There's a new botnet in town, and this one has the potential to trump Conficker, says security firm Netwitness, which discovered the botnet. According to Netwitness, the Kneber botnet has already infected more than 74,000 macnines worldwide.
Netwitness describes Kneber as a ZeuS Trojan botnet, and more than half of the systems infected also have the Waledac Trojan, the same worm that was used to create email spam botnets assoicated with Conficker. But unlike Conficker, whose dastardly deeds have yet to be revealed, Netwitness says Kneber has been designed to target and steal login credentials and other private information.
Kneber has been found in 196 countries so far, but is most prominent in Egypt, Mexico, Saudi Arabia, Turkey, and the U.S. It targets Windows machines, most of which include Windows XP Professional SP2, and most of which reside in corporate and government infrastructures.
According to Netwitness, Kneber has nabbed some 68,000 login credentials in the past 4 weeks.
Experimenting with new extensions is part of what makes Firefox great, but if you downloaded either the "Sothink Web Video Downloader", or "Master Filer", you probably snagged a nasty Trojan for your troubles. According to an entry on the Mozilla Blog both these extensions contain code which exploit vulnerabilities in all versions of Windows, and were downloaded close to 5,000 times before being spotted.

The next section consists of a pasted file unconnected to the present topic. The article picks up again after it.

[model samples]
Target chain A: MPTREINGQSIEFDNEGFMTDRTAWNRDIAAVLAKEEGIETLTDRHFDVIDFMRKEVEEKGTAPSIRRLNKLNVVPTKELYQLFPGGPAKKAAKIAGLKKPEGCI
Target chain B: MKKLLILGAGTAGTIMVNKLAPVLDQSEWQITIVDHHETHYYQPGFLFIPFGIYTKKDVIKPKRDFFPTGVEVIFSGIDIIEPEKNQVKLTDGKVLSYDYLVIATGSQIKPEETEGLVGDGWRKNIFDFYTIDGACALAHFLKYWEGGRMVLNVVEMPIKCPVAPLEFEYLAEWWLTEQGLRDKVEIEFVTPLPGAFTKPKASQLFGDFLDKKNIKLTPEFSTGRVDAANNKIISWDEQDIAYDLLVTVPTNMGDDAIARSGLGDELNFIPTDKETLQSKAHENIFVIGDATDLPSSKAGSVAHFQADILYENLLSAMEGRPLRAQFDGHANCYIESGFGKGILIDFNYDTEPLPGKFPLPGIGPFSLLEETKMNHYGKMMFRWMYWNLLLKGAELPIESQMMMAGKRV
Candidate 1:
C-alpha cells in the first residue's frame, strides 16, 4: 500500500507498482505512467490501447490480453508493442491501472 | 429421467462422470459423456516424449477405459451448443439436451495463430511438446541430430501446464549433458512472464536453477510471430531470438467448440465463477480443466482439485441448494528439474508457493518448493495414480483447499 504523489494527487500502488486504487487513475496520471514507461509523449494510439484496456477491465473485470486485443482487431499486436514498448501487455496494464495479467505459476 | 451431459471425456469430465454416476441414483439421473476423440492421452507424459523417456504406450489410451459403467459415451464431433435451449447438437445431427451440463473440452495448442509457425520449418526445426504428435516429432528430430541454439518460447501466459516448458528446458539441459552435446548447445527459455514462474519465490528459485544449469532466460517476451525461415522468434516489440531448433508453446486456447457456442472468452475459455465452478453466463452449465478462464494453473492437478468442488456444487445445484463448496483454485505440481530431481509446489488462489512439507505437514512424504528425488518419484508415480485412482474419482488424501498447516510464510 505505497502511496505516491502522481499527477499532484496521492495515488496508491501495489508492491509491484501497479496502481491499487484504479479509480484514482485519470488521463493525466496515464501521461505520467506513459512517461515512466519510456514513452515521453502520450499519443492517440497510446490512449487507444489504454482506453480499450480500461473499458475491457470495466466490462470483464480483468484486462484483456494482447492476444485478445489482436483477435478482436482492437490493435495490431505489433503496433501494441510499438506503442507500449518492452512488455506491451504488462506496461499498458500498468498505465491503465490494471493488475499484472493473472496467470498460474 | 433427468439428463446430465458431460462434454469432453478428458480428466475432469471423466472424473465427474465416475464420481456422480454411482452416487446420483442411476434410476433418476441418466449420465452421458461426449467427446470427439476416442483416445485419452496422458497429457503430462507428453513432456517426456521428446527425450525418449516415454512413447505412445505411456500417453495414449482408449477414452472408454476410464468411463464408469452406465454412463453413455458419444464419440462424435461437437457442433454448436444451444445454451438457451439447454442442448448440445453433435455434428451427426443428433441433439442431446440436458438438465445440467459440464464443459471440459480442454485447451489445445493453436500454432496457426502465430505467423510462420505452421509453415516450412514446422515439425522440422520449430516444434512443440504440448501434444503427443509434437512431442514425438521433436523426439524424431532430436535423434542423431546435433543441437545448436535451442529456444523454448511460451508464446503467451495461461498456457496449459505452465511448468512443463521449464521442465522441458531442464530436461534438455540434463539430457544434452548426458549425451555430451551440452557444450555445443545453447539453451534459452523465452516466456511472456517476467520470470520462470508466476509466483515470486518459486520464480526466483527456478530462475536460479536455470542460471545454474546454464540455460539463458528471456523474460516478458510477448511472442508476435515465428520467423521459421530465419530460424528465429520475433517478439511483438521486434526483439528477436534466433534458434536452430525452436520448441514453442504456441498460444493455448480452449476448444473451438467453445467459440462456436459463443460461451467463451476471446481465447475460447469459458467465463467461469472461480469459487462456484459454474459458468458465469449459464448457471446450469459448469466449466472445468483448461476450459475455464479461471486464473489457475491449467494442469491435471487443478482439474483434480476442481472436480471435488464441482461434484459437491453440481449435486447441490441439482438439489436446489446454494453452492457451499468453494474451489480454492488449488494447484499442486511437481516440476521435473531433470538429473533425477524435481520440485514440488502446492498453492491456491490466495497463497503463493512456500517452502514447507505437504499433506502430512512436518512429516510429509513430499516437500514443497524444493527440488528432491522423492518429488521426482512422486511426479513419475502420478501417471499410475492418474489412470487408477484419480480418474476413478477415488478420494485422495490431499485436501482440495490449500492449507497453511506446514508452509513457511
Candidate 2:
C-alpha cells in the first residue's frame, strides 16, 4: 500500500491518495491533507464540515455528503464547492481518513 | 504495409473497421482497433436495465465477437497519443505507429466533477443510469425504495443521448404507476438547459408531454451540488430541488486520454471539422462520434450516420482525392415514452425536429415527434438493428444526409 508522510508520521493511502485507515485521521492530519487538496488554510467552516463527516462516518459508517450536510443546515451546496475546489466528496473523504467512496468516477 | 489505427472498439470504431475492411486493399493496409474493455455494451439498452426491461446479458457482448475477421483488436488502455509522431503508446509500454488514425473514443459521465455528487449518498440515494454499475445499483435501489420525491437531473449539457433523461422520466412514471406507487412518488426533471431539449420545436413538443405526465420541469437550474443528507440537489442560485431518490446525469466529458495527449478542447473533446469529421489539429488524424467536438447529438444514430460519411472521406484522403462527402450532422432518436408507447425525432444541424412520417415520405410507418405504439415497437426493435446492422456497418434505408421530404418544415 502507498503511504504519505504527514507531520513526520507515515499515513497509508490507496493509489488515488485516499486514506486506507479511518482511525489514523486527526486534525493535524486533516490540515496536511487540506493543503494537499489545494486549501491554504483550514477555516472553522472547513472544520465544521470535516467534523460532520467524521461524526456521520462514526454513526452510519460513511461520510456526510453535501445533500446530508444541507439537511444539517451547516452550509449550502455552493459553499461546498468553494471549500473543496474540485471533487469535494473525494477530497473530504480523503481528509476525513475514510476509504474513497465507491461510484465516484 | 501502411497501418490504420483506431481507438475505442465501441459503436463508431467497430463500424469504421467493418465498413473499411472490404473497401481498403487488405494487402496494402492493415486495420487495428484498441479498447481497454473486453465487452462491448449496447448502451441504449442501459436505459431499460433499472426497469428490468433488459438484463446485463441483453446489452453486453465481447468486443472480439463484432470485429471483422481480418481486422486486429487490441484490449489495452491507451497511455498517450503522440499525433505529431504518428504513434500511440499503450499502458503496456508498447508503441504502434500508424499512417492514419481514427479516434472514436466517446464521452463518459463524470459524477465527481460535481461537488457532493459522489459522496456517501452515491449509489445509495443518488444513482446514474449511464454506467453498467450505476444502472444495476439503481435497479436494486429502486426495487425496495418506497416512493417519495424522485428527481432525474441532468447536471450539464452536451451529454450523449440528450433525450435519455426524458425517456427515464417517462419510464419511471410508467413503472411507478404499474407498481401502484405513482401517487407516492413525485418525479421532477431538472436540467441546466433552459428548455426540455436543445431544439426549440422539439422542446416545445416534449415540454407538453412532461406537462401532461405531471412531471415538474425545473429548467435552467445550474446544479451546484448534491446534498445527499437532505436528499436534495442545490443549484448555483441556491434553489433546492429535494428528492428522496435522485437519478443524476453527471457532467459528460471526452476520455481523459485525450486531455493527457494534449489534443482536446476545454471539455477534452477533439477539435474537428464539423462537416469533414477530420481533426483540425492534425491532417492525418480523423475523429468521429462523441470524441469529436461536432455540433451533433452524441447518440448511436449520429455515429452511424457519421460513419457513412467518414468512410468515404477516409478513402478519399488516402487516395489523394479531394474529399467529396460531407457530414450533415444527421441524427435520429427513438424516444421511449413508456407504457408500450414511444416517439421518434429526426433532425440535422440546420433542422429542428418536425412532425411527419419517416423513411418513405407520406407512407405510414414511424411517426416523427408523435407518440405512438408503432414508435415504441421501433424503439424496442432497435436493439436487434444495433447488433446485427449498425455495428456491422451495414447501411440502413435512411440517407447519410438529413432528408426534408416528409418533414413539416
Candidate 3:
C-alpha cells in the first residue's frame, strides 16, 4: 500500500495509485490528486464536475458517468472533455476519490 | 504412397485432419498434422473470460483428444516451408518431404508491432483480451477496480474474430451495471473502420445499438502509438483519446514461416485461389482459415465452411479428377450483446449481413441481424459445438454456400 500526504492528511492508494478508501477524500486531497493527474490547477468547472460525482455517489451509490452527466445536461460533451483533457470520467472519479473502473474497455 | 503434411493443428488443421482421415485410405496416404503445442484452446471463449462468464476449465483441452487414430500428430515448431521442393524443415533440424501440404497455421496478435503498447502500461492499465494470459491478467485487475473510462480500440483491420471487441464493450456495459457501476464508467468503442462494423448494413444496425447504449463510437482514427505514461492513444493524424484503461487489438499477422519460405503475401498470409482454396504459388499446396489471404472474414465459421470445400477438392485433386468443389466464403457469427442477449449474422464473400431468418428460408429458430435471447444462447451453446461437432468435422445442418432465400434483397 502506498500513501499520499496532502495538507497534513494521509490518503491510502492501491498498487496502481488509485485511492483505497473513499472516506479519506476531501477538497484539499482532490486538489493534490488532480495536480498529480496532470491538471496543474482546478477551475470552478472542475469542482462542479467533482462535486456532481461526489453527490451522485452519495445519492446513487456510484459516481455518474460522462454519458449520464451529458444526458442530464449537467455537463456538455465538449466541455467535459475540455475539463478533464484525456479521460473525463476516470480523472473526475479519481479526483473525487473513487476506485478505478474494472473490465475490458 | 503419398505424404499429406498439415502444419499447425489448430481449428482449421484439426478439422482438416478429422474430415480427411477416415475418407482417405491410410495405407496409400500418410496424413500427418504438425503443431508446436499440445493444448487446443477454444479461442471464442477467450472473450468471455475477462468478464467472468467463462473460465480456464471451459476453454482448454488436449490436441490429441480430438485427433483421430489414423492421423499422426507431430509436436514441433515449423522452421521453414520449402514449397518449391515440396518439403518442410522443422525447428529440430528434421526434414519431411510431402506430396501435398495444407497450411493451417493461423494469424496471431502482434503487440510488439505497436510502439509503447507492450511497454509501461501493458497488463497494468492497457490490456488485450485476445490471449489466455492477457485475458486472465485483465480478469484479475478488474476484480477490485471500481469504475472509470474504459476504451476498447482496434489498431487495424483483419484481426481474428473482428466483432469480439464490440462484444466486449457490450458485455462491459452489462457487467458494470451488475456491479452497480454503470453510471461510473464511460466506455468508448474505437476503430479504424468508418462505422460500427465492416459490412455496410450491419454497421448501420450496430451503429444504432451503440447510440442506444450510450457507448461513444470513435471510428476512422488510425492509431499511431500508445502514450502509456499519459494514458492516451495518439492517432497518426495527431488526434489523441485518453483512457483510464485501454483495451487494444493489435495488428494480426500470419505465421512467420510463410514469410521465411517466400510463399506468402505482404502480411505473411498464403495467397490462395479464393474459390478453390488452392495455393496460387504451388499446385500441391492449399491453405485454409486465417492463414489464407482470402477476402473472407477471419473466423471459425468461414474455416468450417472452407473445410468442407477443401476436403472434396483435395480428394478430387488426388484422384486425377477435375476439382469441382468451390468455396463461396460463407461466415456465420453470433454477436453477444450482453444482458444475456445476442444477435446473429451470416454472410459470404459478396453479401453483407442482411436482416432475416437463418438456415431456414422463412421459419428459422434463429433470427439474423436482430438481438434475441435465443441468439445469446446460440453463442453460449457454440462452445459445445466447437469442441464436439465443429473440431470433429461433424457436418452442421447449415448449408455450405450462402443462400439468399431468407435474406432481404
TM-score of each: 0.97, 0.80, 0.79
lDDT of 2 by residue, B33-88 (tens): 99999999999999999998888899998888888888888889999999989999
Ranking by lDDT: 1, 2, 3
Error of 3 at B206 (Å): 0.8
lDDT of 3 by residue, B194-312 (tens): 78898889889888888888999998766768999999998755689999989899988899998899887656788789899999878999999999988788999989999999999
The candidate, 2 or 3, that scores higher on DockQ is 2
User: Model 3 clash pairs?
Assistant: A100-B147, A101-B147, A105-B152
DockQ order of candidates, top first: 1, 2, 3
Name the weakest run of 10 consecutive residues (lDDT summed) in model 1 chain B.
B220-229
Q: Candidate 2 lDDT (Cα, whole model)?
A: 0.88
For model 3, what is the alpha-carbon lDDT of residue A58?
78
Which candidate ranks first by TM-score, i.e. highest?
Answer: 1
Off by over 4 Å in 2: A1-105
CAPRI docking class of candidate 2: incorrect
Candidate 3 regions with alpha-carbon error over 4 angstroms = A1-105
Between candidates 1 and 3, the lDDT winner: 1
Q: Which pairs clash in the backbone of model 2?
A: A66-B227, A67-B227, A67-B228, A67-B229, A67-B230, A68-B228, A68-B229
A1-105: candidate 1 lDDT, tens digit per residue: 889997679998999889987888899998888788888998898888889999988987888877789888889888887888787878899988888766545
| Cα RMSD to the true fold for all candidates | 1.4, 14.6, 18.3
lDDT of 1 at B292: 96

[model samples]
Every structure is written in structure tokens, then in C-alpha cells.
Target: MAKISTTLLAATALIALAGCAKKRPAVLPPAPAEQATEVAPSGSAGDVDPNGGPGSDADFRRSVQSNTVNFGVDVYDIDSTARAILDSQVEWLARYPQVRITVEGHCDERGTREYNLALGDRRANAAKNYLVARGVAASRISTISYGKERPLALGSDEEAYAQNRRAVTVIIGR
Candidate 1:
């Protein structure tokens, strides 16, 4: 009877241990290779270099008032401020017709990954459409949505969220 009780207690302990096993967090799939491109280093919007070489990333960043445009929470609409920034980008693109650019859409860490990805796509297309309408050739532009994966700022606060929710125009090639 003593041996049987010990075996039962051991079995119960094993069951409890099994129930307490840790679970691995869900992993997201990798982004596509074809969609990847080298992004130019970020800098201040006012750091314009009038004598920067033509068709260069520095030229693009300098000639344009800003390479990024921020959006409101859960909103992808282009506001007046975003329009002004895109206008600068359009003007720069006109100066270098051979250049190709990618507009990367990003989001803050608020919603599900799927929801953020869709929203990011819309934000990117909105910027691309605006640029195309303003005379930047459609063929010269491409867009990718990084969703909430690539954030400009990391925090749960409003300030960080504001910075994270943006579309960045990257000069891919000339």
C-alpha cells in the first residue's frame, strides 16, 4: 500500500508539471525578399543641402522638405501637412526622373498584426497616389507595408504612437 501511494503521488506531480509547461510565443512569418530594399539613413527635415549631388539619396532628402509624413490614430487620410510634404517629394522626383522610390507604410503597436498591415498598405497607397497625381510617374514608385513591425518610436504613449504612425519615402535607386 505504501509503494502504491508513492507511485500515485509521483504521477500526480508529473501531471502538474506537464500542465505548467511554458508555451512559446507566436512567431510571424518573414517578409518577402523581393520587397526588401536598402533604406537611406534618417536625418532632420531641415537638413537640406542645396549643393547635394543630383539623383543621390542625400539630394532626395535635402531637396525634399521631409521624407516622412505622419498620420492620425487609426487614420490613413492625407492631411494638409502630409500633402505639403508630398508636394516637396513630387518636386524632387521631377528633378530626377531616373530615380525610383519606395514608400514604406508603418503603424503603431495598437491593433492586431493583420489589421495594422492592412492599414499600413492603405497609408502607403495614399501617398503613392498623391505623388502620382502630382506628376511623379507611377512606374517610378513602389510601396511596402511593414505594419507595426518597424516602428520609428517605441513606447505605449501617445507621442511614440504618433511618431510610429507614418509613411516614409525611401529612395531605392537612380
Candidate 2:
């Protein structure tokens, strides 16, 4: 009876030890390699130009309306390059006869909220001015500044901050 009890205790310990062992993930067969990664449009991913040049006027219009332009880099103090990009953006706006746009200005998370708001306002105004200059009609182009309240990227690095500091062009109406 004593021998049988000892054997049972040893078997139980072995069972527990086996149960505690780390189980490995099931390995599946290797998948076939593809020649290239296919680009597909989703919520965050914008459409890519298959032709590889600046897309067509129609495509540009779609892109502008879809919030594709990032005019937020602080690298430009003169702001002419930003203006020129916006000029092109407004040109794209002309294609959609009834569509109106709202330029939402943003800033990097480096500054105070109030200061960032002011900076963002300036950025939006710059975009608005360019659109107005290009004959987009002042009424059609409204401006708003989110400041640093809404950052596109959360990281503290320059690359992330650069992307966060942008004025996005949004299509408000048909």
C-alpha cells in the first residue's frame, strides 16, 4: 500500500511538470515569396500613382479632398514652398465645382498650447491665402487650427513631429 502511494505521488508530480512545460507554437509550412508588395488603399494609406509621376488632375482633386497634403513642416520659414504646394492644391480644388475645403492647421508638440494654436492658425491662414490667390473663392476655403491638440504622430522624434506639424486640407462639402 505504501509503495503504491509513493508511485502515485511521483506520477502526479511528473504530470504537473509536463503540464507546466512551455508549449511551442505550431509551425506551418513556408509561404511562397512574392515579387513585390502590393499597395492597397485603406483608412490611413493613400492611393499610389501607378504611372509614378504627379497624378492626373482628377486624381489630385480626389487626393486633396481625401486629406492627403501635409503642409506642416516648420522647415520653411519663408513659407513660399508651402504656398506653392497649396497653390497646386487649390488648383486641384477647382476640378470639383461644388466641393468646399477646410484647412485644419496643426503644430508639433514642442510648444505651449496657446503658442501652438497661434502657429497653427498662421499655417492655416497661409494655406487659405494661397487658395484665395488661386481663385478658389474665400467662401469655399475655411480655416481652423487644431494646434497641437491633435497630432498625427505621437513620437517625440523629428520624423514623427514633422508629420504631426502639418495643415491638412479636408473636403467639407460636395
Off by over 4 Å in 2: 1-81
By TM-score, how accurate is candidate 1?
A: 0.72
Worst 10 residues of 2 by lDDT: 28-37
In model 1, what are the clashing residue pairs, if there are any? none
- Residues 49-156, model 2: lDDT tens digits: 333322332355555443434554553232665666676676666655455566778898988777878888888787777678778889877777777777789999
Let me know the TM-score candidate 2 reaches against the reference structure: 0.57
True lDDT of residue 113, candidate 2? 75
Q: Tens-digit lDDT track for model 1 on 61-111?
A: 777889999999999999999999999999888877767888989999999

The extensions in question were contained in the "experimental" area of the official Firefox add-on site, and while it might seem like little consolation for anyone who got infected, users grabbing extensions from this section are warned before download that this could happen. Mozilla employs a special add-on scanner which supposedly checks all new entries for malicious code, but they were forced to acknowledge that the security process failed. "[Add-ons] performs a malware check on all add-ons uploaded to the site, and blocks add-ons that are detected as such," said yesterday's blog posting. "This scanning tool failed to detect the Trojan."
Mac and Linux users who downloaded these add-on's are unaffected, but anyone who used the extensions in Windows are being warned by Mozilla to delete all traces of the infected file, and run a virus scan. Mozilla is promising to boost the number of times it scans files for malware in the future, and will also step up how often it scans its entire catalog of add-on's.
Does this hurt your trust in Firefox extensions? Or was this bound to happen eventually?
It's important that everyone be made aware of an extremely useful Web site that delivers malware and antivirus scanning right to the door of your... er. Web browser. I not only use it at Maximum PC to check the freeware files and such that I link to on a weekly basis, but I also turn to it as the first resort whenever I'm on a system that, for whatever reason, lacks a comprehensive virus-scanning setup.